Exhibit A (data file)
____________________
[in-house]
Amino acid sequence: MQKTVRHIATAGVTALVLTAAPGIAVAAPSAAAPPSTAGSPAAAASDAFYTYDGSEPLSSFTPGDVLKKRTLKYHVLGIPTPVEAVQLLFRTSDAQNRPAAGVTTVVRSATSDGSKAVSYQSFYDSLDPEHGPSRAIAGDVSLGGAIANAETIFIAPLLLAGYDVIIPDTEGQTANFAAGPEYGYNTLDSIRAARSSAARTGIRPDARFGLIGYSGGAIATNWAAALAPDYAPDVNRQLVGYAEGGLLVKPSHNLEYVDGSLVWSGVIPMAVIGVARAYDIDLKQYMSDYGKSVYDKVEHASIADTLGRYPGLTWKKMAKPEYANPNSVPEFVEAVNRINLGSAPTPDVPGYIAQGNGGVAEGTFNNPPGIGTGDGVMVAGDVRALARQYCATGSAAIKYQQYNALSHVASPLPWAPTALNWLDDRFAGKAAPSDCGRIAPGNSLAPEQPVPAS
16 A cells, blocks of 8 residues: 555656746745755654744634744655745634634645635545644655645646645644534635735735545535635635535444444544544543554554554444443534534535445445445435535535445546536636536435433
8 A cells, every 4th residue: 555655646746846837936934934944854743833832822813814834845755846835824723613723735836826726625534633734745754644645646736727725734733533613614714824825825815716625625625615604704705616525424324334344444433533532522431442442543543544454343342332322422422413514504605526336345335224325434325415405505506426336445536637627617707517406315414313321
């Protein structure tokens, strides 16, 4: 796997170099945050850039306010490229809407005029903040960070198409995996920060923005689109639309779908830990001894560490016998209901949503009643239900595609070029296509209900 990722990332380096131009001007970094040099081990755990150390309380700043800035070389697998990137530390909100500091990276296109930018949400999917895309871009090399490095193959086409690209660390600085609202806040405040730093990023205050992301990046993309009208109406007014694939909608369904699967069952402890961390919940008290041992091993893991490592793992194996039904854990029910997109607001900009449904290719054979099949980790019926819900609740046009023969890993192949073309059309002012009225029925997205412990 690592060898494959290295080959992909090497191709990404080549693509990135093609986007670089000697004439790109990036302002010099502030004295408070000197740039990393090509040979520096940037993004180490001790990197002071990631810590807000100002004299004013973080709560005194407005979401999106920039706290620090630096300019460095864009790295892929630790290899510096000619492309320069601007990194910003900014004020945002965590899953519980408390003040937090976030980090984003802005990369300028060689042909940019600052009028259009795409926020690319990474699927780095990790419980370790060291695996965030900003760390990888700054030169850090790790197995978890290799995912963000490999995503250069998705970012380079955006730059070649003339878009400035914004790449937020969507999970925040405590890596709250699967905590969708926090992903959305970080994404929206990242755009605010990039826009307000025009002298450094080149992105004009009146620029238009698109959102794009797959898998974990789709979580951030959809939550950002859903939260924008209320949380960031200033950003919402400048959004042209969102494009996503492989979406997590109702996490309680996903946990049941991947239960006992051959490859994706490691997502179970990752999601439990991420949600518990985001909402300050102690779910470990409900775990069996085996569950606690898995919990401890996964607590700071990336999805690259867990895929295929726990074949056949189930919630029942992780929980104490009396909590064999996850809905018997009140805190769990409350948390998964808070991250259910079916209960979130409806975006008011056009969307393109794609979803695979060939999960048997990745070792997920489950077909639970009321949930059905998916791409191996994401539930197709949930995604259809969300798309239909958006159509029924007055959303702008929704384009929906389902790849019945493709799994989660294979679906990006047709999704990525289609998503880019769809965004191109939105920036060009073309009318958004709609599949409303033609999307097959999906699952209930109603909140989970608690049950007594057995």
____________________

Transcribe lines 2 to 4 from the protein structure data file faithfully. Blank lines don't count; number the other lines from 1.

Amino acid sequence: MQKTVRHIATAGVTALVLTAAPGIAVAAPSAAAPPSTAGSPAAAASDAFYTYDGSEPLSSFTPGDVLKKRTLKYHVLGIPTPVEAVQLLFRTSDAQNRPAAGVTTVVRSATSDGSKAVSYQSFYDSLDPEHGPSRAIAGDVSLGGAIANAETIFIAPLLLAGYDVIIPDTEGQTANFAAGPEYGYNTLDSIRAARSSAARTGIRPDARFGLIGYSGGAIATNWAAALAPDYAPDVNRQLVGYAEGGLLVKPSHNLEYVDGSLVWSGVIPMAVIGVARAYDIDLKQYMSDYGKSVYDKVEHASIADTLGRYPGLTWKKMAKPEYANPNSVPEFVEAVNRINLGSAPTPDVPGYIAQGNGGVAEGTFNNPPGIGTGDGVMVAGDVRALARQYCATGSAAIKYQQYNALSHVASPLPWAPTALNWLDDRFAGKAAPSDCGRIAPGNSLAPEQPVPAS
16 A cells, blocks of 8 residues: 555656746745755654744634744655745634634645635545644655645646645644534635735735545535635635535444444544544543554554554444443534534535445445445435535535445546536636536435433
8 A cells, every 4th residue: 555655646746846837936934934944854743833832822813814834845755846835824723613723735836826726625534633734745754644645646736727725734733533613614714824825825815716625625625615604704705616525424324334344444433533532522431442442543543544454343342332322422422413514504605526336345335224325434325415405505506426336445536637627617707517406315414313321